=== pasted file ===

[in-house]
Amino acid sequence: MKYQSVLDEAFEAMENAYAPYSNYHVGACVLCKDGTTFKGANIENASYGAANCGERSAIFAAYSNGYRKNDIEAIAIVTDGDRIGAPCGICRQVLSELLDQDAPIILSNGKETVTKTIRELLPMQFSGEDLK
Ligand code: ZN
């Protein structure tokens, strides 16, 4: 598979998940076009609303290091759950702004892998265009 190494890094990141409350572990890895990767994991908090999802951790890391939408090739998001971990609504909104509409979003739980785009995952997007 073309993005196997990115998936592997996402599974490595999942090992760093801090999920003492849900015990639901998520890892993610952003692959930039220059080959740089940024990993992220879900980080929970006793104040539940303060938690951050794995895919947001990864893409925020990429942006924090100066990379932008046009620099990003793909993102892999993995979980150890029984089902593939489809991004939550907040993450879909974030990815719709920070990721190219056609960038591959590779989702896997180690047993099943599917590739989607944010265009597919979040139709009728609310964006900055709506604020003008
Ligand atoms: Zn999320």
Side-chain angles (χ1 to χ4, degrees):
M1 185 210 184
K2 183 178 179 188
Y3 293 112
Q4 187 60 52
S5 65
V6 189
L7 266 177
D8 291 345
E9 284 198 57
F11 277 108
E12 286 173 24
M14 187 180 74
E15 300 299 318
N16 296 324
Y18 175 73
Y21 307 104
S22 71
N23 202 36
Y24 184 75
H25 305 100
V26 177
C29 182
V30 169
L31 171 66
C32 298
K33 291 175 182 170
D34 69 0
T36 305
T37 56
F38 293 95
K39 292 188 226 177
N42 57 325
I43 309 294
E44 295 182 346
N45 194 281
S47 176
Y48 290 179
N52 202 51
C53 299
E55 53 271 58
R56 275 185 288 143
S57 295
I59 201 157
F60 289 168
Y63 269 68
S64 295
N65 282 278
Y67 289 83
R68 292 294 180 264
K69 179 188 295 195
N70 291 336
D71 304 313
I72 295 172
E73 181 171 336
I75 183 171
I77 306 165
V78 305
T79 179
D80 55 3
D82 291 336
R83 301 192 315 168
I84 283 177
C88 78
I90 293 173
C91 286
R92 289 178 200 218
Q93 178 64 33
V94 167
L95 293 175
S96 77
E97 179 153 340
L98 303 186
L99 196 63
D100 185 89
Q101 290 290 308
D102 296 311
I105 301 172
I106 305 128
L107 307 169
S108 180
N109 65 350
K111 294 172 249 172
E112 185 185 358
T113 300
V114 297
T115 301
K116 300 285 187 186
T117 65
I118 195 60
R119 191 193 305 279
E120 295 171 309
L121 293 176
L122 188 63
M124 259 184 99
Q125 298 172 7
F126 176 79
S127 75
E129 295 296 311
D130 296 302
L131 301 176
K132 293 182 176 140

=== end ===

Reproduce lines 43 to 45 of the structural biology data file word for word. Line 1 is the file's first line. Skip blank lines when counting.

Y48 290 179
N52 202 51
C53 299